Zyprexa - Olanzapine

Modified on 2010/09/13 07:35 by Chrissie Cole
Zyprexa Drug Information


Zyprexa , known generically as olanzapine, is manufactured by Eli Lilly & Co.  This drug is an atypical antipsychotic indicated for the treatment of schizophrenia and bipolar disorder.  The Food and Drug Administration (FDA) approved Zyprexa for use as a schizophrenia treatment in 1996, and approved the drug for treatment of bipolar disorder in 2000.  The most common side effects of Zyprexa include drowsiness, weight gain, restlessness, dizziness, increased appetite, constipation and fatigue.

Zyprexa Advisory Information

Zyprexa has been associated with pancreatitis. Zyprexa is also linked to the development of two very serious illnesses, Neuroleptic Malignant Syndrome (NMS) and Tardive Dyskinesia (TD). NMS is a potentially fatal side effect associated with the use of nearly all antipsychotic drugs. Symptoms of NMS include acute kidney failure, body temperature in excess of 106 degrees (hyperpyrexia), rigid muscles, irregular pulse or blood pressure, rapid heart beat (tachycardia), and irregular heartbeat. Tardive dyskinesia may cause patients taking atypical antipsychotics to lose the ability to control voluntary movements, and is sometimes irreversible. TD occurs most frequently in elderly women, although it can conceivably affect anyone.

The FDA and Lilly have notified healthcare professionals of a revision to the WARNINGS section of Zyprexa labeling, describing the increased risk of hyperglycemia and diabetes in patients taking Zyprexa. FDA has asked all manufacturers of atypical antipsychotic medications, including Lilly, to add this Warning statement to labeling.

Zyprexa History


On September 10, a federal appeals court threw out a class certification against Eli Lilly & Co. over Zyprexa. The US Second Circuit Court of Appeals found that a lower court judge erred in certifying a class of insurance companies and other third-party payers in 2008.

The third-party payers alleged in part, that they overpaid for Zyprexa, as a result of misrepresentations by Lilly regarding the safety and efficacy of the drug – namely it was more effective than other similar drugs.

February 2008

The FDA approved Eli Lilly's extended release injectable form of olanzapine, termed Zyprexa Adhera.  This formulation of  the antipsychotic was developed to treat mentally ill patients who have problems consistently taking Zyprexa by oral administration.  Adhera is a once or twice monthly shot of extended release olanzapine that precludes the need for a daily regimen of Zyprexa tablets.  The FDA reported more substantial risk of profound sedation with Zyprexa Adhera than with other forms of Zyprexa, including Symbyax.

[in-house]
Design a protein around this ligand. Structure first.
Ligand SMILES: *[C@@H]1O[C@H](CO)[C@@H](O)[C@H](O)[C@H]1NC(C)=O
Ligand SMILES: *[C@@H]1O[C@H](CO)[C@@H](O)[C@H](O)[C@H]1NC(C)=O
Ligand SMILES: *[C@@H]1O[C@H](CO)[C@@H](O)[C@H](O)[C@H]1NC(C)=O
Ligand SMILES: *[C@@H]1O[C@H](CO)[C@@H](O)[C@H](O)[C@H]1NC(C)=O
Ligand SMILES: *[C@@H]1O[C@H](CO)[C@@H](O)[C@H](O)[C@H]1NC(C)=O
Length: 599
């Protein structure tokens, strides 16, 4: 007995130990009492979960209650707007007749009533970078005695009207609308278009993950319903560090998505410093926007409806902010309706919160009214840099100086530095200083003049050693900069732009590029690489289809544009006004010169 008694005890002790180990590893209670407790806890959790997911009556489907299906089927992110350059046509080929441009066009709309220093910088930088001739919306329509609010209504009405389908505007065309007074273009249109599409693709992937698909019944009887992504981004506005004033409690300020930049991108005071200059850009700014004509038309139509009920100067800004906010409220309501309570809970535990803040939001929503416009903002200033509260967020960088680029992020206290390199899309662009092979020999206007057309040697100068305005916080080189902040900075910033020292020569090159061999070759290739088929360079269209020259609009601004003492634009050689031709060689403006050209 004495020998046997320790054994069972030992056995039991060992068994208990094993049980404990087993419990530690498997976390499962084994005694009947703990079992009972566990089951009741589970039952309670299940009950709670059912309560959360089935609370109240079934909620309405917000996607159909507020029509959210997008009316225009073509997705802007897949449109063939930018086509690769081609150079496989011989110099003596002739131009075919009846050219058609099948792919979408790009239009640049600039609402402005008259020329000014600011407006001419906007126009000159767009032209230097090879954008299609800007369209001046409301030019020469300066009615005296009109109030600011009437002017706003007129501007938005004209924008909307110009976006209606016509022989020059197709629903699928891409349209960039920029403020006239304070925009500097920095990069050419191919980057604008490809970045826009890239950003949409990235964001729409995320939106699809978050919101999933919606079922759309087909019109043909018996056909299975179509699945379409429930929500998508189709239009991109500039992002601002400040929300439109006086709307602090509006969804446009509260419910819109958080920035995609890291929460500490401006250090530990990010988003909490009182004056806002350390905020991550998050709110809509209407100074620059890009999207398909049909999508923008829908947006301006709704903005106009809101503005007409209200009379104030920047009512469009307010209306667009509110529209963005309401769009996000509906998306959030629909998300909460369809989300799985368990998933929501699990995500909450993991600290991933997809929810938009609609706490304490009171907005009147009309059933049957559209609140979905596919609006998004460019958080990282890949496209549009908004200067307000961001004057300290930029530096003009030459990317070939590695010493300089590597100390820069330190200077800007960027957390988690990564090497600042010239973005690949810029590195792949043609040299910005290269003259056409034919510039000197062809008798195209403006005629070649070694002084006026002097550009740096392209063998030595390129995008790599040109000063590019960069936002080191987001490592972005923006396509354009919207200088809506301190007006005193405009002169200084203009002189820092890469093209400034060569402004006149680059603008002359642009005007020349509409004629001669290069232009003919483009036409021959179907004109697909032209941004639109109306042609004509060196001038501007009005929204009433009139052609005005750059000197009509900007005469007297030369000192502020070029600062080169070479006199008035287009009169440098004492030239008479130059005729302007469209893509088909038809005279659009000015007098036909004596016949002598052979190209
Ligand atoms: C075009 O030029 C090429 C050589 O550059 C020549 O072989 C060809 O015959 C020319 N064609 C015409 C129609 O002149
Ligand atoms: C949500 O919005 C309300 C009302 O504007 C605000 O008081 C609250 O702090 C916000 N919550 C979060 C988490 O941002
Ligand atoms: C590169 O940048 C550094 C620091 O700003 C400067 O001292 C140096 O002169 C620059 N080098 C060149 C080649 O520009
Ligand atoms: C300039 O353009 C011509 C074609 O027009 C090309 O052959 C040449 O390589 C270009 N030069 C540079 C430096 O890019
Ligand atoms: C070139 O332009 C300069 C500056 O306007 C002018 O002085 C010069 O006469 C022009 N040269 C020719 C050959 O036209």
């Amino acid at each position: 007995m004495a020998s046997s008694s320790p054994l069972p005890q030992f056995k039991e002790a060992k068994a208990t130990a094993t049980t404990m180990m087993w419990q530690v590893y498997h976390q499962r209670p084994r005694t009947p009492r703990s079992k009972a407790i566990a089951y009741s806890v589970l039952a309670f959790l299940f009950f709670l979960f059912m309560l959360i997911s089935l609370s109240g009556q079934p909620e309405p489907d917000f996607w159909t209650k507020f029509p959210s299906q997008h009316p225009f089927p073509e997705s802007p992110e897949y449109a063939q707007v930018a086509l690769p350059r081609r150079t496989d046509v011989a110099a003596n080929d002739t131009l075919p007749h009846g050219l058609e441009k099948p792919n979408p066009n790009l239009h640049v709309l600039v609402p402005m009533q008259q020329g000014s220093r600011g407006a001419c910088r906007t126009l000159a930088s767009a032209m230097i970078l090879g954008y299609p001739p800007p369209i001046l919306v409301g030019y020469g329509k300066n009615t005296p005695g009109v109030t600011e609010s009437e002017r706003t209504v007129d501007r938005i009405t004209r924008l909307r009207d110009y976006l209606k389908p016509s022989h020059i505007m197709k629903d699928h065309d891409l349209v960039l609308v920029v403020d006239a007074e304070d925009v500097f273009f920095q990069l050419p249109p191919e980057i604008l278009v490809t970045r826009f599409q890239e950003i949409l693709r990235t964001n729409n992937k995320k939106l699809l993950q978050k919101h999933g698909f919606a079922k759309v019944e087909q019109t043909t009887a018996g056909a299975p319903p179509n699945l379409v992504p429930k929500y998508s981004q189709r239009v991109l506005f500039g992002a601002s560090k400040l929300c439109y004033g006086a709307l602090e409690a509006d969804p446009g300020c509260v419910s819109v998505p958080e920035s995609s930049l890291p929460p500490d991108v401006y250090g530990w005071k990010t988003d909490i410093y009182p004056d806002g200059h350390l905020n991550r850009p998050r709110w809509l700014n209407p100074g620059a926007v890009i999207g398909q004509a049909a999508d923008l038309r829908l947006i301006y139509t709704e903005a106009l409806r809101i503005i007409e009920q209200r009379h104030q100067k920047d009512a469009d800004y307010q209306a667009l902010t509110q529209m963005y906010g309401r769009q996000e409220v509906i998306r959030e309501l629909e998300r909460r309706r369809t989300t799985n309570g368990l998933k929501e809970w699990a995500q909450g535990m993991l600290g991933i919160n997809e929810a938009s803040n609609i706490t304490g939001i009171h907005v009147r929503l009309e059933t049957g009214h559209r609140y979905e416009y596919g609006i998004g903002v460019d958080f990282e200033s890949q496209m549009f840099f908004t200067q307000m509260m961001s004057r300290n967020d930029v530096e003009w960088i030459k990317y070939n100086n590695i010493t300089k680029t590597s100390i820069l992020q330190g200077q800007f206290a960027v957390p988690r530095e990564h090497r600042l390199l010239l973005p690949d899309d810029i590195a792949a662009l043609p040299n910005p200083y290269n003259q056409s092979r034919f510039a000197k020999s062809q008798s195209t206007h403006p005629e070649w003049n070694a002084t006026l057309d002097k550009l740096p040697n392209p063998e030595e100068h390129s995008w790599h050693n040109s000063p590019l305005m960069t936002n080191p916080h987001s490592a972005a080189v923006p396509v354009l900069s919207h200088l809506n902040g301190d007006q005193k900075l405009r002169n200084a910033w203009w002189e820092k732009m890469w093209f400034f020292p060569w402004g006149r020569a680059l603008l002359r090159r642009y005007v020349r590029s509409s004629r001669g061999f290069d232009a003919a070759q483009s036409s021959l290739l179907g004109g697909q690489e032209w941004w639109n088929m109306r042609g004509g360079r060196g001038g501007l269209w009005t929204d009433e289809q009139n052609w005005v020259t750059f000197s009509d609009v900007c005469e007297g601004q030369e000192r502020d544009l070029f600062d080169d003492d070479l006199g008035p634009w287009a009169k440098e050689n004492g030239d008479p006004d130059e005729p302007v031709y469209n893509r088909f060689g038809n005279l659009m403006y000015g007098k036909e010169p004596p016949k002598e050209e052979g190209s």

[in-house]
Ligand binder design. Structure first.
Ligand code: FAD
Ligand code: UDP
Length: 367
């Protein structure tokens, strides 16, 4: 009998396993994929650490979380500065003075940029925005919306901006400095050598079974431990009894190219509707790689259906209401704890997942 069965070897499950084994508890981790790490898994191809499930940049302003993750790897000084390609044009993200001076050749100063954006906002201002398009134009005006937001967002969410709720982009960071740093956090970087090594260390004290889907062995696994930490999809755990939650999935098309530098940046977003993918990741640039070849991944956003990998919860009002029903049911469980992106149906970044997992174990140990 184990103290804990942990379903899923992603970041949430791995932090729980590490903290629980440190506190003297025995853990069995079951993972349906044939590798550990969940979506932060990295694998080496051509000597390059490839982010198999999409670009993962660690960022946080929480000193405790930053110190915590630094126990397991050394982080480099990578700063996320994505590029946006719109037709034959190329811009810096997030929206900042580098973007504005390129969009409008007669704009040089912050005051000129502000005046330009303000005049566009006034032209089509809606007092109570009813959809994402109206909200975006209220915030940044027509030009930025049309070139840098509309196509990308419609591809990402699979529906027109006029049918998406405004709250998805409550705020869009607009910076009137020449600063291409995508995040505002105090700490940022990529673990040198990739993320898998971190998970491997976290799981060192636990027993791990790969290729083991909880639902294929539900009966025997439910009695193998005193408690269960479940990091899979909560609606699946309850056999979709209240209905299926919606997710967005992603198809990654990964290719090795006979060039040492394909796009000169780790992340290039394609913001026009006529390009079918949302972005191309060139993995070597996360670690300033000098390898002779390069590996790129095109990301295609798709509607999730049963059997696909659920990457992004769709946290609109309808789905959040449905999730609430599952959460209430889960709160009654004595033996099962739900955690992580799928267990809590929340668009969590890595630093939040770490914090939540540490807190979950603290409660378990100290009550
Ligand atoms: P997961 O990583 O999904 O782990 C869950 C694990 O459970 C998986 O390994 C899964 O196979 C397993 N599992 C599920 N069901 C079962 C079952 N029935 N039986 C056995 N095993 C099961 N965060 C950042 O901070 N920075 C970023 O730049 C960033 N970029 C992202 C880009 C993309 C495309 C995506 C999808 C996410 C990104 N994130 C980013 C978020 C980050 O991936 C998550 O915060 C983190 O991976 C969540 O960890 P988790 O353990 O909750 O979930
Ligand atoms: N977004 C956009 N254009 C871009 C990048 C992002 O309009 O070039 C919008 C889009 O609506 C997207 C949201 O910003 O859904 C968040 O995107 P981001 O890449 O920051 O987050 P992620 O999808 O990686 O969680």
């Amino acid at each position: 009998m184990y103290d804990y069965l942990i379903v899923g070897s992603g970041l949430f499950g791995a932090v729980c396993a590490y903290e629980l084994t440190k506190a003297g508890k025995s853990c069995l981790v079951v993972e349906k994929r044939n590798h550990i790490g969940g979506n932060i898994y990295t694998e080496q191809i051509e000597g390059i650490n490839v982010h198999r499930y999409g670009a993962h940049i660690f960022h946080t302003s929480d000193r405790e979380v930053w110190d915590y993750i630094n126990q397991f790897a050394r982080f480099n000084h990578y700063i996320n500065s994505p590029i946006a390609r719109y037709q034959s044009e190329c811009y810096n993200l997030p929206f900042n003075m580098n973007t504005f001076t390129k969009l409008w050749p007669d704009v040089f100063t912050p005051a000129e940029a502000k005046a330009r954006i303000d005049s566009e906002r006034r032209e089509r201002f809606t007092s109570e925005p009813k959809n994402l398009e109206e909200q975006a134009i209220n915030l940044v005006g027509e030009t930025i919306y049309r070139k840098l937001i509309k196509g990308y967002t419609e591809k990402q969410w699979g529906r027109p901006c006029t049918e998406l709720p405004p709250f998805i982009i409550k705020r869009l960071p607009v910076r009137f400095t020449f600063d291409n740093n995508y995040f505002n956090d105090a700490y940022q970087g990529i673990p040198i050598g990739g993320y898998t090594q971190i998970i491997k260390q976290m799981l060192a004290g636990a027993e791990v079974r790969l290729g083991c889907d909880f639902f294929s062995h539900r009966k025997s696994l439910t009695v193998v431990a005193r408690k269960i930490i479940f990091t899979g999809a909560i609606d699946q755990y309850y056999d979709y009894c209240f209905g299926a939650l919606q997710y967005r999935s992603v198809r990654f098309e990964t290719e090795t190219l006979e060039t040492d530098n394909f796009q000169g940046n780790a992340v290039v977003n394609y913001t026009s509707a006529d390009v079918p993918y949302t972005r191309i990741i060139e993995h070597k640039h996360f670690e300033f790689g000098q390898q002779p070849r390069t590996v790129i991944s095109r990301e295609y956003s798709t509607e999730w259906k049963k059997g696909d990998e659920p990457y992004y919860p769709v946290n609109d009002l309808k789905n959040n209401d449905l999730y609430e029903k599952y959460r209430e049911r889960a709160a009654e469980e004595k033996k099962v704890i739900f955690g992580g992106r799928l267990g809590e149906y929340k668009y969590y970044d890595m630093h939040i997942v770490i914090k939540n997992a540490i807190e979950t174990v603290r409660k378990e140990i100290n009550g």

September 2007

In 2007, the Institute for Safe Medication Practices and the Division of Public Health Sciences, Wake Forest University School of Medicine, conducted a longitudinal Adverse Events Reporting System Review of the U.S. FDA's most dangerous drugs. The study found Zyprexa to be one of the most dangerous drugs on the market with some of the highest number of suspect drug deaths.  Zyprexa was the thirteenth deadliest drug in the study, according to the FDA reports.  Over the eight years of the dangerous drug study, Zyprexa was found to have been involved in over 1,000 deaths in an 8-year period.

June 2007

In June 2007, Eli Lilly made settlements worth hundreds of millions of dollars to settle three-fourths of outstanding personal injury claims for alleged diabetes and pancreatitis caused by Zyprexa.  In the same year, Lilly sought permission from the FDA to market Zyprexa as a treatment for schizophrenia in adolescents.

January 2004

In January 2004, Eli Lilly issued a warning to physicians stating that Zyprexa was linked to a significantly higher risk of stroke and death when used by elderly patients.  In addition, the company modified the drug's warning label to reflect heightened risk of diabetes mellitus and hyperglycemia.

August 2003

A July 2002 Duke University study revealed the link between Zyprexa and the onset of diabetes. Nearly 300 cases of diabetes were identified in the study, most occurring within six months of starting Zyprexa treatment. In August 2003, researchers with the Department of Veterans Affairs, Boston University and the University of Illinois at Chicago released findings from a study conducted on three antipsychotic medications, including Zyprexa, that also linked the drug to an increased rate of diabetes. Numerous other studies have linked Zyprexa use with serious diabetic conditions, including diabetic coma, caused by severe insulin deficiency.

Drug Injury

Please consult with your physician about any questions you may have concerning Zyprexa. If you are experiencing any of the side effects mentioned above, it may be important for you to discuss treatment alternatives to your current medication.  You should never stop taking any medication before first consulting with your primary care physician. 

See Also

  1. Antidepressants & Other Psychiatric Drugs
  2. Diabetes
  3. Neuroleptic Malignant Syndrome
  4. Pancreatitis: Overview
  5. Stroke
  6. Tardive Dyskinesia
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